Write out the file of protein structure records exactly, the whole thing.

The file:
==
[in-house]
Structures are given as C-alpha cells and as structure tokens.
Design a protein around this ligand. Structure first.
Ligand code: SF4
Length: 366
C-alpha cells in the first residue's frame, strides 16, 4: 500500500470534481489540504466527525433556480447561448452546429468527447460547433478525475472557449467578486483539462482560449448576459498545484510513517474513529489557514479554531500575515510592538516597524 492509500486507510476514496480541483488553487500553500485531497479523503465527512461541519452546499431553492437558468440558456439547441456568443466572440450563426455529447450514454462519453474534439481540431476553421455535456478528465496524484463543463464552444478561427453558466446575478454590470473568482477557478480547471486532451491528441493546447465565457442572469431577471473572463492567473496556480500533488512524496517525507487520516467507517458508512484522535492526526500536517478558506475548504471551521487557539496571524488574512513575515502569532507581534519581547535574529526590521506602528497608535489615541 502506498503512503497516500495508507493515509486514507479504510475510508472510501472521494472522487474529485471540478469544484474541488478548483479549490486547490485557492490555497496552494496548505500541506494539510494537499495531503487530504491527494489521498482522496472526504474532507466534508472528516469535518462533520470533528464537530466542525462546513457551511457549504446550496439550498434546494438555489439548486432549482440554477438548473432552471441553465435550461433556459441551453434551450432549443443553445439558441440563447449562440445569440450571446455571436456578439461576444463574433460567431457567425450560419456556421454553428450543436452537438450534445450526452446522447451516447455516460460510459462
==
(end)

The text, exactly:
[in-house]
Structures are given as C-alpha cells and as structure tokens.
Design a protein around this ligand. Structure first.
Ligand code: SF4
Length: 366
C-alpha cells in the first residue's frame, strides 16, 4: 500500500470534481489540504466527525433556480447561448452546429468527447460547433478525475472557449467578486483539462482560449448576459498545484510513517474513529489557514479554531500575515510592538516597524 492509500486507510476514496480541483488553487500553500485531497479523503465527512461541519452546499431553492437558468440558456439547441456568443466572440450563426455529447450514454462519453474534439481540431476553421455535456478528465496524484463543463464552444478561427453558466446575478454590470473568482477557478480547471486532451491528441493546447465565457442572469431577471473572463492567473496556480500533488512524496517525507487520516467507517458508512484522535492526526500536517478558506475548504471551521487557539496571524488574512513575515502569532507581534519581547535574529526590521506602528497608535489615541 502506498503512503497516500495508507493515509486514507479504510475510508472510501472521494472522487474529485471540478469544484474541488478548483479549490486547490485557492490555497496552494496548505500541506494539510494537499495531503487530504491527494489521498482522496472526504474532507466534508472528516469535518462533520470533528464537530466542525462546513457551511457549504446550496439550498434546494438555489439548486432549482440554477438548473432552471441553465435550461433556459441551453434551450432549443443553445439558441440563447449562440445569440450571446455571436456578439461576444463574433460567431457567425450560419456556421454553428450543436452537438450534445450526452446522447451516447455516460460510459462